This could get ugly. An amendment that did not get much notice in the health care legislation will bring government scrutiny to gold and silver coin dealers and all those who sell coins and bullion. From this report from ABC News, we find out the recent health care legislation had a rather sneaky provision hidden in it [emphasis added]:
Those already outraged by the president’s health care legislation now have a new bone of contention — a scarcely noticed tack-on provision to the law that puts gold coin buyers and sellers under closer government scrutiny.
…Section 9006 of the Patient Protection and Affordable Care Act will amend the Internal Revenue Code to expand the scope of Form 1099. Currently, 1099 forms are used to track and report the miscellaneous income associated with services rendered by independent contractors or self-employed individuals.
Starting Jan. 1, 2012, Form 1099s will become a means of reporting to the Internal Revenue Service the purchases of all goods and services by small businesses and self-employed people that exceed $600 during a calendar year. Precious metals such as coins and bullion fall into this category and coin dealers have been among those most rankled by the change.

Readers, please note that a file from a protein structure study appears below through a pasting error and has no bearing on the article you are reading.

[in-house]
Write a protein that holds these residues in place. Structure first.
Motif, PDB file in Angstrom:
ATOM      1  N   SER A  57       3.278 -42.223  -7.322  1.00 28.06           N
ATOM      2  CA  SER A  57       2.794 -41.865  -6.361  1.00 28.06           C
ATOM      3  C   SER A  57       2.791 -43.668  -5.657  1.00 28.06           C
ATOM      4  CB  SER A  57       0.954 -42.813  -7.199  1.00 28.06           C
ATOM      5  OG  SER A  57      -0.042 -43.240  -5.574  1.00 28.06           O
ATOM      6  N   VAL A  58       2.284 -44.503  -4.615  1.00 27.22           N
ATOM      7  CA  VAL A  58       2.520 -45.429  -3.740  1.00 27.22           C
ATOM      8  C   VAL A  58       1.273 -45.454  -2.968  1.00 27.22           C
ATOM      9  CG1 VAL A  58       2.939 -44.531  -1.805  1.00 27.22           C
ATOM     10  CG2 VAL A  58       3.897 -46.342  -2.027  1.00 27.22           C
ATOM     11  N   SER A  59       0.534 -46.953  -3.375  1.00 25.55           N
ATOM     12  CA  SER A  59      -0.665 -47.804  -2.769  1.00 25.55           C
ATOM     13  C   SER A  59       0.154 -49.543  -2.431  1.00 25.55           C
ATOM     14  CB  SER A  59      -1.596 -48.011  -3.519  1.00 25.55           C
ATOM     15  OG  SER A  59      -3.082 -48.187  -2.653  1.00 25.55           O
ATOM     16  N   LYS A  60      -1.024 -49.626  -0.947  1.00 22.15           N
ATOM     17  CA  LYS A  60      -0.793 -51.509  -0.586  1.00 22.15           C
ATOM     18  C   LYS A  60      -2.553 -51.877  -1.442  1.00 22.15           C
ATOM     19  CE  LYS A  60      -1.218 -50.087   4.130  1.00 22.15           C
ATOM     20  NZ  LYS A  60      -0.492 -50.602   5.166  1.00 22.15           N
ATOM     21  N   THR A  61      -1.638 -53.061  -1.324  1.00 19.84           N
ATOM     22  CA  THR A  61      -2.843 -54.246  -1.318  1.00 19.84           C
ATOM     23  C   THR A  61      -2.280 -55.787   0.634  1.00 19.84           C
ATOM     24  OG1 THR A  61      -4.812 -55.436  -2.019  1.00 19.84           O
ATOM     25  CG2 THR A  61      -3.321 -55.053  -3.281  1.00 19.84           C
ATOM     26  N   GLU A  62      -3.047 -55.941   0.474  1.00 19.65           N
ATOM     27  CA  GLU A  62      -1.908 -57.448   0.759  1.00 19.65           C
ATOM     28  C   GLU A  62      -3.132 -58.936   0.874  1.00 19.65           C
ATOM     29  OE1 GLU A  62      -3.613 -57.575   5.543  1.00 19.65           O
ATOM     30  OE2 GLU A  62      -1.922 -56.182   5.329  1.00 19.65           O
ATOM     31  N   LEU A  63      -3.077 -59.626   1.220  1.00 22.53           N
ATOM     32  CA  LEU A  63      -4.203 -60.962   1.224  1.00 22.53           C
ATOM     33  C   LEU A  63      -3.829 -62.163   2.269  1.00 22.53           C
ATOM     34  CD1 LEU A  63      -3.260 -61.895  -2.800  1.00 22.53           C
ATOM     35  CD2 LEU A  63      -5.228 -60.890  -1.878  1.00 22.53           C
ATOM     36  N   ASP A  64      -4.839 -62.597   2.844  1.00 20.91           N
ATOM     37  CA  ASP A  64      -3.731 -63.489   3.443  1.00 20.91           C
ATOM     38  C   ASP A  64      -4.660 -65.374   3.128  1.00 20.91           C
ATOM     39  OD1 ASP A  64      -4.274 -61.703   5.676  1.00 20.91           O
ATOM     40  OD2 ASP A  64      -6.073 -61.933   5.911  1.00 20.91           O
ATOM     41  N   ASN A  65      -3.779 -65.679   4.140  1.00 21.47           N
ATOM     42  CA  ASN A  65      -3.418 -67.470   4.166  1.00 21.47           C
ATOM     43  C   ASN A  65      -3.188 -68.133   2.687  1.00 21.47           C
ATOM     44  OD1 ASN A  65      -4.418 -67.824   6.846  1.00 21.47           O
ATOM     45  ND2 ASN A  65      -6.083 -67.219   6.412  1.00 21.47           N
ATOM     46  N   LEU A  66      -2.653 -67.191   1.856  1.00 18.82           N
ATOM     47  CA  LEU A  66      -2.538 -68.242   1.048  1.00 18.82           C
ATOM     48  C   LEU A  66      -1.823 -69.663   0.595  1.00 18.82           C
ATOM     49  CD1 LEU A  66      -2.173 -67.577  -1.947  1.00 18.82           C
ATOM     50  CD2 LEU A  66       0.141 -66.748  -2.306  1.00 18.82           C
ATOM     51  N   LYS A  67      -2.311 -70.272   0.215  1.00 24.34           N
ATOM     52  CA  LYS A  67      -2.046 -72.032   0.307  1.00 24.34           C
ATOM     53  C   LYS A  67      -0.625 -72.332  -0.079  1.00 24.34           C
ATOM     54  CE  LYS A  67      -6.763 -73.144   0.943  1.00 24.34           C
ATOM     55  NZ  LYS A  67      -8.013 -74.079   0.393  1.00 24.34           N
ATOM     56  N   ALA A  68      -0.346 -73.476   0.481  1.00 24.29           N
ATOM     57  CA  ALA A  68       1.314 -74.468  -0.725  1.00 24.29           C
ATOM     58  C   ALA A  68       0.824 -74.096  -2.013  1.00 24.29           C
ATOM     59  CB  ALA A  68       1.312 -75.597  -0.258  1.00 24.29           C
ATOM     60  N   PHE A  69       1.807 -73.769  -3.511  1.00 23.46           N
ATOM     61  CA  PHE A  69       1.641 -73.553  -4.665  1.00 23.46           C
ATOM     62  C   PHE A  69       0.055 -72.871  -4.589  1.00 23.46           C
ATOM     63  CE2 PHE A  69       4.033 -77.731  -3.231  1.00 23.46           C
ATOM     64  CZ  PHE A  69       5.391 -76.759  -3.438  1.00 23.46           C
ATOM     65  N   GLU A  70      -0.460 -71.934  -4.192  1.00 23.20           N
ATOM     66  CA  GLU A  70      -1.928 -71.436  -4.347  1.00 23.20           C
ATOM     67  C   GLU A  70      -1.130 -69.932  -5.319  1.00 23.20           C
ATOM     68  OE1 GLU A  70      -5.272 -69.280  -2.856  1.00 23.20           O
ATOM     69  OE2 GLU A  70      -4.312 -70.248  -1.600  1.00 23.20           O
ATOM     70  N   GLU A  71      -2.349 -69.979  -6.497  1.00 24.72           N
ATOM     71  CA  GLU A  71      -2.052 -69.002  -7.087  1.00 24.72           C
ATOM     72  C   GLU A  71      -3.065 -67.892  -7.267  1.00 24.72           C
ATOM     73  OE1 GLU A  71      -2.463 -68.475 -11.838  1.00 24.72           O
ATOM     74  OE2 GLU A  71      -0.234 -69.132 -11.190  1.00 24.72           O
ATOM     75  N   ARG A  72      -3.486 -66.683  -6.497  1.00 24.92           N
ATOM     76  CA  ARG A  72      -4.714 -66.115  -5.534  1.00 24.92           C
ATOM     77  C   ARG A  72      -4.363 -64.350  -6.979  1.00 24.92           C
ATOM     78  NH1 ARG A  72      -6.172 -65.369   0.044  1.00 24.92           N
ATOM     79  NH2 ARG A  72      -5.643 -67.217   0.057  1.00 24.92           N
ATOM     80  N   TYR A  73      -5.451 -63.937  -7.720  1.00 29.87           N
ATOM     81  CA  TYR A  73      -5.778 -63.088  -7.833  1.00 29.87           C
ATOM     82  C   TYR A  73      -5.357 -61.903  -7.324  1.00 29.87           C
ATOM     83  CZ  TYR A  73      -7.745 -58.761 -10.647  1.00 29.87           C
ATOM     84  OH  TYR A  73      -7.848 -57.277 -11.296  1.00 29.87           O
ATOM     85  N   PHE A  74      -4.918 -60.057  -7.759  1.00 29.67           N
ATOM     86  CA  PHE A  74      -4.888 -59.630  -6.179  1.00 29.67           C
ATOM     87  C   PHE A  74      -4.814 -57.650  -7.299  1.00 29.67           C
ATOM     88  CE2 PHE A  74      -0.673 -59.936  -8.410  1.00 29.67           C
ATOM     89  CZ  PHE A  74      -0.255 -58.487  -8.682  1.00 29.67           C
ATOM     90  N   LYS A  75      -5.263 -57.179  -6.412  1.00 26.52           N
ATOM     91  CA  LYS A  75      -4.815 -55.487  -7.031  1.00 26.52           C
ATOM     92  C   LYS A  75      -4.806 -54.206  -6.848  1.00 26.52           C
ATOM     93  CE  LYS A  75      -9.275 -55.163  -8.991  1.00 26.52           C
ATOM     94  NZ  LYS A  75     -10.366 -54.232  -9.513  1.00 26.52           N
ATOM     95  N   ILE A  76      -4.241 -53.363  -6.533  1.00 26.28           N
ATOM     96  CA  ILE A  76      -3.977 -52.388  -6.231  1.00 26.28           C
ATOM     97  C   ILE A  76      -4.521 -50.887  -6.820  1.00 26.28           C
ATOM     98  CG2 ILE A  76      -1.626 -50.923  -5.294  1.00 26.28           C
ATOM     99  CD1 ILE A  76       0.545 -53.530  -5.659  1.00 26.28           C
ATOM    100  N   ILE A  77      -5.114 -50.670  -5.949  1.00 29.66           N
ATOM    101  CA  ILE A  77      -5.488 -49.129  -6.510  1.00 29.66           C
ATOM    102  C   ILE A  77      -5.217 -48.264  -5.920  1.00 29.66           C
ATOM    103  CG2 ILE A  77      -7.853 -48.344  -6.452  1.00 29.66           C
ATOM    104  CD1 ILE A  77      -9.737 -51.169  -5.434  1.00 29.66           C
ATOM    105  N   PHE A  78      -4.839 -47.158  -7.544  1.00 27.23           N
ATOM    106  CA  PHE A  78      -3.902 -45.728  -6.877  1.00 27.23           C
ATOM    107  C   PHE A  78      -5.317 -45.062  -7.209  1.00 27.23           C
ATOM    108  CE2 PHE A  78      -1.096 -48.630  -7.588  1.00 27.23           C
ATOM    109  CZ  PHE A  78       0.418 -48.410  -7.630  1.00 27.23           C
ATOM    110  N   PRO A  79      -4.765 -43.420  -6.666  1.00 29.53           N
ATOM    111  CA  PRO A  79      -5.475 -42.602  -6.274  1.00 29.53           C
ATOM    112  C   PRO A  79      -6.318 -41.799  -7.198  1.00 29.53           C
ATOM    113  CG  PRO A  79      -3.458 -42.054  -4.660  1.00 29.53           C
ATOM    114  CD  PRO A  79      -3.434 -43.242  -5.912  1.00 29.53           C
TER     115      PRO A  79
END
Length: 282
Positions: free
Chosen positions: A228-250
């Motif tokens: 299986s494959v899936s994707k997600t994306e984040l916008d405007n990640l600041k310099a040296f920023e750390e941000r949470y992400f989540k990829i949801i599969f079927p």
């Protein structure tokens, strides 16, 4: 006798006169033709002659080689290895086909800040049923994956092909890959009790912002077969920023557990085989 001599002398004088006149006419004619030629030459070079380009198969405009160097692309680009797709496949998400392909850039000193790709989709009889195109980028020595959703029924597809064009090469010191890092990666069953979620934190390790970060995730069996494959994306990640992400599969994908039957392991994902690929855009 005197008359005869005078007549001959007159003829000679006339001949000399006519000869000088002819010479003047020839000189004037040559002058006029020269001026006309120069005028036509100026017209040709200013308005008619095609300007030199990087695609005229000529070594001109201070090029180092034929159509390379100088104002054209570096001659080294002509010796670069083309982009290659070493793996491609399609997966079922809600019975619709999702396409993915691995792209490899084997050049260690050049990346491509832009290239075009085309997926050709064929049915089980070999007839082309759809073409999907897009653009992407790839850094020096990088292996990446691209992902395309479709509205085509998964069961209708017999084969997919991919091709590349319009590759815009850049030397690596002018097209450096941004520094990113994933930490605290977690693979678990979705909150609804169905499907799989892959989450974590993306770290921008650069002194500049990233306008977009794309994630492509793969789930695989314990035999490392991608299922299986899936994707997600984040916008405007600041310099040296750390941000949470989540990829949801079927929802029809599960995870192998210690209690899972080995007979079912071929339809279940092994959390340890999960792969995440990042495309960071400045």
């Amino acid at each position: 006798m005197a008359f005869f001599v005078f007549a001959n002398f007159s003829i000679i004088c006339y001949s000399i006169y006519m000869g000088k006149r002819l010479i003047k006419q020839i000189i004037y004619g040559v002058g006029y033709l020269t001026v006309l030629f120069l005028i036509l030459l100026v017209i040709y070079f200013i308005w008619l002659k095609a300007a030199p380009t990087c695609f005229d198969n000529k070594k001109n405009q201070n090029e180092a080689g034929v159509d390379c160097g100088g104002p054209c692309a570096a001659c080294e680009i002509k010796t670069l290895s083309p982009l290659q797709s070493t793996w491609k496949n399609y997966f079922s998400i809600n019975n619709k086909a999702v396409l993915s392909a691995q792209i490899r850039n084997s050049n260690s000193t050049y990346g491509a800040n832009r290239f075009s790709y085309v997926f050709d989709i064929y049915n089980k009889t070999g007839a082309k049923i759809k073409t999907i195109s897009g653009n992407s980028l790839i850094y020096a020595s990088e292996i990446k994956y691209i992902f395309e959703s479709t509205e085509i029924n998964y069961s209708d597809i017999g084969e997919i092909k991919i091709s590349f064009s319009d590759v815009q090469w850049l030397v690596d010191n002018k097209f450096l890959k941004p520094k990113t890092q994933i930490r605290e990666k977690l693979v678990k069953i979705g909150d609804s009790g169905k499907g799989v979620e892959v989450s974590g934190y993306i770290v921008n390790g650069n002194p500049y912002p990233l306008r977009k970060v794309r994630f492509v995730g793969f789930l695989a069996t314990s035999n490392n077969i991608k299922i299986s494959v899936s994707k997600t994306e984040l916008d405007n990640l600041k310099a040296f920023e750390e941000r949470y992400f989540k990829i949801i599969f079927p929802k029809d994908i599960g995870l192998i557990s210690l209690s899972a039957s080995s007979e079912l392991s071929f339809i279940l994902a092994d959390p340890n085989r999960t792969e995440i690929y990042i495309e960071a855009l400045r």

So every time a member of the public sells more than $600 worth of gold to a dealer, Piret said, the transaction will have to be reported to the government by the buyer…
Help may be on the way. If this does not get fixed, it really could be a mess, not just for coin dealers, but for any small business. ABC continues:
…Rep. Daniel Lungren, R-Calif., has introduced legislation to repeal the section of the health care bill that would trigger the new tax reporting requirement because he says it’s a burden on small businesses.
Even the IRS thinks this could be a mess:
The office of the National Taxpayer Advocate, a citizen’s ombudsman within the IRS, issued a report June 30 that said the new rule “may present significant administrative challenges to taxpayers and the IRS.”